Lord Ouseley Calls Chelsea Metro Incident A 'National Problem'

Chelsea Metro Incident Part Of A 'National Problem'

Lord Ouseley called the bigotry displayed in Paris by British soccer fans a "Chelsea problem, a football problem and a national problem”, which is underpinned by "prejudice and hatred”.

The founding chairman of the Kick it Out campaign spoke to Newsnight on Wednesday, reacting to the video shot on the Paris Metro in which a group of Chelsea fans prevented a man from boarding a Paris train, chanting "We're racist, we're racist and that's the way we like it."

Ouseley highlighted the need for a better approach in dealing with an "anti-immigrant" tone in Britain, which he said had "contributed to the prejudice of how people stereotyping others”. He added that even if the Chelsea fans responsible were caught, it would not address the bigger problem of the culture of racism.

Earlier on Wednesday, UK police said they were investigating whether the fans can be banned from football.

A Scotland Yard spokesman said: "The Metropolitan Police Service takes offences such as this very seriously, no matter where they occur. We will examine the footage with a view to seeing if we can apply for football banning orders, preventing people from travelling for future matches."

He added: "We will, of course, assist French authorities to identify the people involved and support them in any action they choose to take. At the same time we will be working closely with Chelsea Football Club."

Chelsea has said it is willing to ban the fans

Season ticket-holder Mitchell McCoy, 17, from Fulham in London, was among 40 or 50 Chelsea fans on the train when the incident was filmed by British expat Paul Nolan.

Speaking to Press Association Sport, Mitchell said: "We got on the train and at the station where the man was trying to get on we stopped for a couple of minutes. He tried to get on and a few people were pushing him off because there wasn't much space on the carriage. You couldn't move. People were saying it was because he was black. It's not true at all. I personally think it's because he was a PSG fan. Obviously they didn't want him anywhere with us."

Nolan told The Guardian that the group pushed a couple of PSG supporters out of the train before the black man.

He also said the fans threw coins at onlookers on the platform. "I was ashamed of their behaviour, as a fellow Brit," Nolan said. "The black man was pushed quite forcefully. If he hadn't been quite a big guy himself he could have been knocked over. He gets pushed and humiliated."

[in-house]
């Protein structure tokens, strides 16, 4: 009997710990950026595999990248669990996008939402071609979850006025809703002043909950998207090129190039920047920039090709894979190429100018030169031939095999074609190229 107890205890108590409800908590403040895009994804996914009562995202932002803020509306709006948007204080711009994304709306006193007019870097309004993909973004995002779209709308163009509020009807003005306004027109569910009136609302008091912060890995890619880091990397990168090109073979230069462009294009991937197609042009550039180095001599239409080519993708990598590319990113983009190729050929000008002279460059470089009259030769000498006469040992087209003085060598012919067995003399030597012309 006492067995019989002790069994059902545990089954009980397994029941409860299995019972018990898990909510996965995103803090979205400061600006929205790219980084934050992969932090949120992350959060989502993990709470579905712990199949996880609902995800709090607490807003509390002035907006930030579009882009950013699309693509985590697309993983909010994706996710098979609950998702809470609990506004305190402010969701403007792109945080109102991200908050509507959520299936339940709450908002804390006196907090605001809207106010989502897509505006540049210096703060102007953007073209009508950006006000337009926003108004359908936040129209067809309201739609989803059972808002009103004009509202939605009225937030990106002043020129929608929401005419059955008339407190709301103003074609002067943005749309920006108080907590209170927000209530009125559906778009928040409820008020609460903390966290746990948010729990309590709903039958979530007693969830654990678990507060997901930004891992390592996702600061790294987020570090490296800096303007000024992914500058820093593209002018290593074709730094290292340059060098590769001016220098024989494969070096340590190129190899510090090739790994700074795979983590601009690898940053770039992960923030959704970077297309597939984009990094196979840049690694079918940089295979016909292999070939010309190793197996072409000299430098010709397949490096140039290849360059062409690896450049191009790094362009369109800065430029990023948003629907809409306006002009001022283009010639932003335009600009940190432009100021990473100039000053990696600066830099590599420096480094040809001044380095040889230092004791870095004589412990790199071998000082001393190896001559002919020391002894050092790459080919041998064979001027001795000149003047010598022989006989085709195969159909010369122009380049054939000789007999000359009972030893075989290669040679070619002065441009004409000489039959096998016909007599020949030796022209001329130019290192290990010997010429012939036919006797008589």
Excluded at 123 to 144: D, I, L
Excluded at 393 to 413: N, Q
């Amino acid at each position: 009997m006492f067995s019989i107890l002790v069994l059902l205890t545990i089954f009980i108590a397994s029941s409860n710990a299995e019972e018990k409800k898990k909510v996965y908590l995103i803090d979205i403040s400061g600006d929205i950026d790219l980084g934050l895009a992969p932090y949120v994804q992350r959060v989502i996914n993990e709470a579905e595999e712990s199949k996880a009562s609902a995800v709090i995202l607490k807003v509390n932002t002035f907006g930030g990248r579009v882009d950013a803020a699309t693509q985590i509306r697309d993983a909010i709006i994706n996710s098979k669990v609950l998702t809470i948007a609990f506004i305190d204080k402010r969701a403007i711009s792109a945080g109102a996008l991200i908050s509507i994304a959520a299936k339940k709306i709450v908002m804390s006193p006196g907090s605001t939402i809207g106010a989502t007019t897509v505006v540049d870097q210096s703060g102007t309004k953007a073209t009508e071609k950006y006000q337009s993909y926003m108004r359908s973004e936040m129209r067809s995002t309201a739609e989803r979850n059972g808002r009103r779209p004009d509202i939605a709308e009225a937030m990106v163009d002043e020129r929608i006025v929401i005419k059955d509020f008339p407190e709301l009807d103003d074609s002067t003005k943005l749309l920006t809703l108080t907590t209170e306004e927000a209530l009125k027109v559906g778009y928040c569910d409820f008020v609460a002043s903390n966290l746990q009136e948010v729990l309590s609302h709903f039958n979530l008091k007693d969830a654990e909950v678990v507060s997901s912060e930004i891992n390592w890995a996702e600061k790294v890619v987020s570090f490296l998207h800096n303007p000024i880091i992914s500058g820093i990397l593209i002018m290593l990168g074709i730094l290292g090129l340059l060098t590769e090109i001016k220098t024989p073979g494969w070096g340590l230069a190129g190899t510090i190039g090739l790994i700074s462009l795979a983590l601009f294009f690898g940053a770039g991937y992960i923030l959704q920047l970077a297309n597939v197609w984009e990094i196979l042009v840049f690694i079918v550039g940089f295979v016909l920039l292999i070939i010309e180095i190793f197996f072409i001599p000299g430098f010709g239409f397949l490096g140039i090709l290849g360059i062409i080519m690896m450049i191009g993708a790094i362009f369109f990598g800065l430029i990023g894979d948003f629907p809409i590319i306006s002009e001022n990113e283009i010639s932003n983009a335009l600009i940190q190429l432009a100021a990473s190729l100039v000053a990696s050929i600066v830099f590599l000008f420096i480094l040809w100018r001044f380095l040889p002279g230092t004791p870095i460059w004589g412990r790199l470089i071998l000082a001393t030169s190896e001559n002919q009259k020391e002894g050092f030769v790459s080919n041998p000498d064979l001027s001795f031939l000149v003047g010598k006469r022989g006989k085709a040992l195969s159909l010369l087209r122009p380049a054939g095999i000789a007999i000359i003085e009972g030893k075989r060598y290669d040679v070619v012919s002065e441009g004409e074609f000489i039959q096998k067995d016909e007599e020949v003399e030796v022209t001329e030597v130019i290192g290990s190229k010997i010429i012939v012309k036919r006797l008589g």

Chelsea officials said they are working with the authorities to see if those involved have season tickets or any other connection to the club.

"Such behaviour is abhorrent and has no place in football or society," a club spokesman said. "We will support any criminal action against those involved, and should evidence point to involvement of Chelsea season ticket-holders or members, the club will take the strongest possible action against them, including banning orders."

Prime Minister David Cameron said the incident appeared to be "extremely disturbing and very worrying". TV football pundit and former England captain Gary Lineker said: "Just saw the video of the Chelsea mob's deplorable behaviour and racist chants. Sickening, embarrassing, moronic, disgraceful."

Fellow ex-England star Ian Wright added: "Chelsea, what you gonna do? Your club has been linked to racism for so long!"

Kick It Out, the campaign against racism in football, said it hopes anyone implicated is banned from football, not just Chelsea matches.

Speaking on Wednesday afternoon, Ouseley, said: "I was shocked that Chelsea fans were still behaving like this. I thought the club had made it quite clear and taken action about stopping any repetition, knowing Chelsea, how hard they've worked on these matters, with fans as well as players. The fact it involved an assault as well, of the individual that they pushed off the train, was even more shocking."

French authorities also launched a judicial investigation, according to French media sources. Paris prosecutors have opened an inquiry into "voluntary (acts of) violence for reasons of race in a public transport system".

Anyone who has information about the identity of those involved is asked to call the police non-emergency line 101.


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